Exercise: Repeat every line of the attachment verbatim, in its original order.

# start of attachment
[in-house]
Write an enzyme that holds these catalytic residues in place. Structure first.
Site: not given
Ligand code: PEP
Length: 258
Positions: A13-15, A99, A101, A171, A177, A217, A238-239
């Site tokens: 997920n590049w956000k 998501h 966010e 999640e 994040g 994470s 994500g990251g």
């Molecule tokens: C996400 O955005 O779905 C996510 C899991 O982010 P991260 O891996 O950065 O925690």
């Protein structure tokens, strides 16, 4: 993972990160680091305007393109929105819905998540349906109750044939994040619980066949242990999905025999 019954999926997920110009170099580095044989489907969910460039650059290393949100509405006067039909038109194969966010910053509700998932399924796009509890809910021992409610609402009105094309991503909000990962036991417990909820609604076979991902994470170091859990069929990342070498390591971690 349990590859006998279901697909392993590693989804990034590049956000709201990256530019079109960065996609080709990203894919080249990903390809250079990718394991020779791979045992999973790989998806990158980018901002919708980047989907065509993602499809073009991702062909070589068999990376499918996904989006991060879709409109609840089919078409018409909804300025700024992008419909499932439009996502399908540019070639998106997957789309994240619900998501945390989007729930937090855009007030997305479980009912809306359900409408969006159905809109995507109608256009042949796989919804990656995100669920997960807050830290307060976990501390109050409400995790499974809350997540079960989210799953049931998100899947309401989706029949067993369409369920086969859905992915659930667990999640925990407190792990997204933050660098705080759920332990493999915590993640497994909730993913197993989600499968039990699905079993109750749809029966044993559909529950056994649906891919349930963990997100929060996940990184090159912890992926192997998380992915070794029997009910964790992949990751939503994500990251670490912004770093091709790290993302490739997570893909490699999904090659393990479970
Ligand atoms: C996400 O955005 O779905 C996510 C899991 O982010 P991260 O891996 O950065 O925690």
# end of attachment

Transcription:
[in-house]
Write an enzyme that holds these catalytic residues in place. Structure first.
Site: not given
Ligand code: PEP
Length: 258
Positions: A13-15, A99, A101, A171, A177, A217, A238-239
């Site tokens: 997920n590049w956000k 998501h 966010e 999640e 994040g 994470s 994500g990251g």
């Molecule tokens: C996400 O955005 O779905 C996510 C899991 O982010 P991260 O891996 O950065 O925690």
């Protein structure tokens, strides 16, 4: 993972990160680091305007393109929105819905998540349906109750044939994040619980066949242990999905025999 019954999926997920110009170099580095044989489907969910460039650059290393949100509405006067039909038109194969966010910053509700998932399924796009509890809910021992409610609402009105094309991503909000990962036991417990909820609604076979991902994470170091859990069929990342070498390591971690 349990590859006998279901697909392993590693989804990034590049956000709201990256530019079109960065996609080709990203894919080249990903390809250079990718394991020779791979045992999973790989998806990158980018901002919708980047989907065509993602499809073009991702062909070589068999990376499918996904989006991060879709409109609840089919078409018409909804300025700024992008419909499932439009996502399908540019070639998106997957789309994240619900998501945390989007729930937090855009007030997305479980009912809306359900409408969006159905809109995507109608256009042949796989919804990656995100669920997960807050830290307060976990501390109050409400995790499974809350997540079960989210799953049931998100899947309401989706029949067993369409369920086969859905992915659930667990999640925990407190792990997204933050660098705080759920332990493999915590993640497994909730993913197993989600499968039990699905079993109750749809029966044993559909529950056994649906891919349930963990997100929060996940990184090159912890992926192997998380992915070794029997009910964790992949990751939503994500990251670490912004770093091709790290993302490739997570893909490699999904090659393990479970
Ligand atoms: C996400 O955005 O779905 C996510 C899991 O982010 P991260 O891996 O950065 O925690």